Hacks and data breaches happen all the time. It’s unfortunate, but it’s a reality that everyone—from businesses large and small all the way down to little ol’ me—must confront. That said, as we near the end of 2014, a few breaches in particular have stuck out to me, not necessarily because of the scale or means by which the attacks occurred but by how the stolen data was used. One is still amidst a headline-grabbing maelstrom, as every current and former Sony Entertainment employee very well knows. Another, known to some as “celebgate,” essentially affected and definitely violated female celebrities, while yet another attempted to destroy the Sands Casino empire because of comments made by its majority shareholder.
Of course, this time last year, Target and all its customers were reeling after its massive data breach. We saw other huge breaches this year, where the motivation was to steal data primarily for financial gain—Home Depot, Michaels, Staples, Neiman Marcus—to name just a few.
But the Sony, celebrity and Sands hacks are much different.
The data stolen in each incident was not used for financial gain but to exercise power, destruction and revenge over others. The famous women were victims of viciously immoral Peeping Toms in the same vein as jealous ex-spouses who take it upon themselves to share intimate photos of women who often simply committed the crime of not liking them very much with the digital world at large.
It didn’t help that the media was all over “celebgate.” And of course people flocked to reddit and 4chan forums to take a peek at the stolen images themselves. Ultimately, the press coverage and the curiosity of millions of Internet users fed into the crime. Actress and victim Jennifer Lawrence rightly pointed out that those who viewed the stolen photos were complicit in the crime.
The Sony Pictures Entertainment hack has a similar, train-wreck, disgusting feel to it, but instead of leaked nude photos, it’s company emails, budgets and salaries and other less significant, internal squabbling.
True, some reports have focused on relevant news, such as alleged institutionalized sexism and racism. But there have been gobs of much less relevant “reporting” that’s fit for gossip columns, not material for leading news publishers.
With Sony, however, it’s of a much more vast scale. Caught up in this crime are some 47,000 current and former employees, including celebrities, whose sensitive personal information is exposed for all online to see. True, these aren’t nude photos, but these are intimate things nonetheless, and the incident is leaving an entire business reeling.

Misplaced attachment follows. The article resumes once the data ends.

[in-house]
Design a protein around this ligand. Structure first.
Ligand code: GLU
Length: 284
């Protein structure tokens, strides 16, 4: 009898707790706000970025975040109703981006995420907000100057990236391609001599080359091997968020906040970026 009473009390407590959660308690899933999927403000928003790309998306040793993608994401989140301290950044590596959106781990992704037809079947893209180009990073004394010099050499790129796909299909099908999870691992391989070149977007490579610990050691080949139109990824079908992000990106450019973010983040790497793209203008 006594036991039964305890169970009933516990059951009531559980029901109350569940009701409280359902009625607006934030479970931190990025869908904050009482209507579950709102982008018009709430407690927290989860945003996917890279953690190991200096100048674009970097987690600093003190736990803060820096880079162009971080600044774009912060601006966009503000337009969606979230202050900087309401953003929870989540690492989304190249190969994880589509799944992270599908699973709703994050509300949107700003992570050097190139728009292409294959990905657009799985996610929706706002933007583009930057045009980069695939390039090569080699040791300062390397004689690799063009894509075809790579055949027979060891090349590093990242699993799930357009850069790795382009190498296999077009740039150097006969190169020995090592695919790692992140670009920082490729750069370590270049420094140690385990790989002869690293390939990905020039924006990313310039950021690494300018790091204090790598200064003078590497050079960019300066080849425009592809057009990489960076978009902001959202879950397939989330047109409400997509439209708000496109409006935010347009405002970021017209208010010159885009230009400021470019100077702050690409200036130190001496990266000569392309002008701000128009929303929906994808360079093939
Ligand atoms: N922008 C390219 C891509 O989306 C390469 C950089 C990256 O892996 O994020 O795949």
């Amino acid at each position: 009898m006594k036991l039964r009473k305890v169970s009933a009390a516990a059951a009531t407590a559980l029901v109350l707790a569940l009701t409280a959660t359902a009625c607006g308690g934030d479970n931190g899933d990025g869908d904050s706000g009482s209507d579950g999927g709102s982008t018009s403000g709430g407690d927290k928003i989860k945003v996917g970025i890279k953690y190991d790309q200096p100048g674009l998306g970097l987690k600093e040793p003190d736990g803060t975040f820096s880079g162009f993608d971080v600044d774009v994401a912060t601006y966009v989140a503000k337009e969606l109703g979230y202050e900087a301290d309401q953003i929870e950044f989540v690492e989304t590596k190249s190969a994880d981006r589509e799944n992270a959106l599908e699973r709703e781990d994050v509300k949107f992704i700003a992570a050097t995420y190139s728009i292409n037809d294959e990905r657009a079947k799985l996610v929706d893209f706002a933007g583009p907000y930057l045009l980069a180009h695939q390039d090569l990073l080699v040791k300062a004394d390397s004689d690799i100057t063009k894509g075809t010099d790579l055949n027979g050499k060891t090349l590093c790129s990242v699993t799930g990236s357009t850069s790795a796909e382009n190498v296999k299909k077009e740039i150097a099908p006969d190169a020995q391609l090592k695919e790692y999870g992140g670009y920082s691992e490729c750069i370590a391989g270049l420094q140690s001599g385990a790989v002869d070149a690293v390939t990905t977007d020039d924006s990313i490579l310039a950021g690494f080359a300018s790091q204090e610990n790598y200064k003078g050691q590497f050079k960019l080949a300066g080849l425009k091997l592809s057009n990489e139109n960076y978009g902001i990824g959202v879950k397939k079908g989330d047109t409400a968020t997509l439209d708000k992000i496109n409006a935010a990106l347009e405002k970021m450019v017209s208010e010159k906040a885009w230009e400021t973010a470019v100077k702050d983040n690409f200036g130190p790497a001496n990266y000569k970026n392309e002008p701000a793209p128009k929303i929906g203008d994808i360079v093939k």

As a result of some of the more questionable reporting, we’re seeing headlines and stories about Angelina Jolie being called names, and how much Seth Rogan and James Franco were paid to drive themselves to work. If so many publications are publishing such sensitive, albeit tabloid-level “news,” are we complicit in the crime by clicking on the stories?
Yes, we are complicit. Stop fooling yourself.
And what about the chill-factor these disclosures have on how we communicate at work? After seeing BuzzFeed’s coverage of leaked Sony emails, my colleague Angelique commented, “makes you never want to send an email again that says anything but ‘you’re a precious flower.’” Must we as professionals reassess how we communicate electronically? Doesn’t that make us fundamentally dishonest?
Though it’s still unclear whether it was some North Korean faction that is responsible for the Sony hack, it is clear who was behind another major, but perhaps less known, hack, that of Sands Casinos. Bloomberg has published an in-depth and fascinating report on how Iranian hackers breached the world’s largest gaming company—worth around $27.4 billion—not, as you may suspect, for Ocean’s Eleven-style money but to destroy it and its head executive, Sheldon Adelson, allegedly for comments he made about detonating a nuclear bomb in Iran.
And unlike the alleged lax data security culture throughout Sony Pictures and the lack of basic consumer security best practice, Sands has some of the best digital and physical security in the world. For example, Sands spent $3.3 million on personal security guards for Adelson and his family in the past year alone, not to mention the financial motivation it has to protect its assets against cheaters.
We are at the early stages of a cyberwar era, one in which information will be used against individuals, private institutions and government infrastructures in new, nefarious and devastating fashions. Of course, strong information security and a legion of privacy professionals will be paramount, and a massive antidote to these hacks and disclosures, but there’s also a cultural realization we all need to come to: Consuming stolen data—whether trade secrets, Social Security numbers or nude photos—only makes the situation worse.
More sensitive information will be leaked. More people will get humiliated. And more businesses will likely face the existential challenges seen by Sony Pictures Entertainment and Sands Casinos. But if publishers propagate gossip-level leaks and readers continue to feed into it, we are only providing motivation and value to those who leak such data and to the very story itself. Shouldn’t we, instead, hone our appreciation for the “right to be forgiven?”
In addition to bolstering privacy and security teams in the public and private world, we must also think about the information we consume and how, if we’re smart about it and don’t click on and buy into its egregious uses, we could possibly devalue and undermine the motivation for much of this data humiliation.
That would give everyone more time to focus on the important stuff, like security, justice and our right to be human.
Top image taken from NBC's Saturday Night Live.
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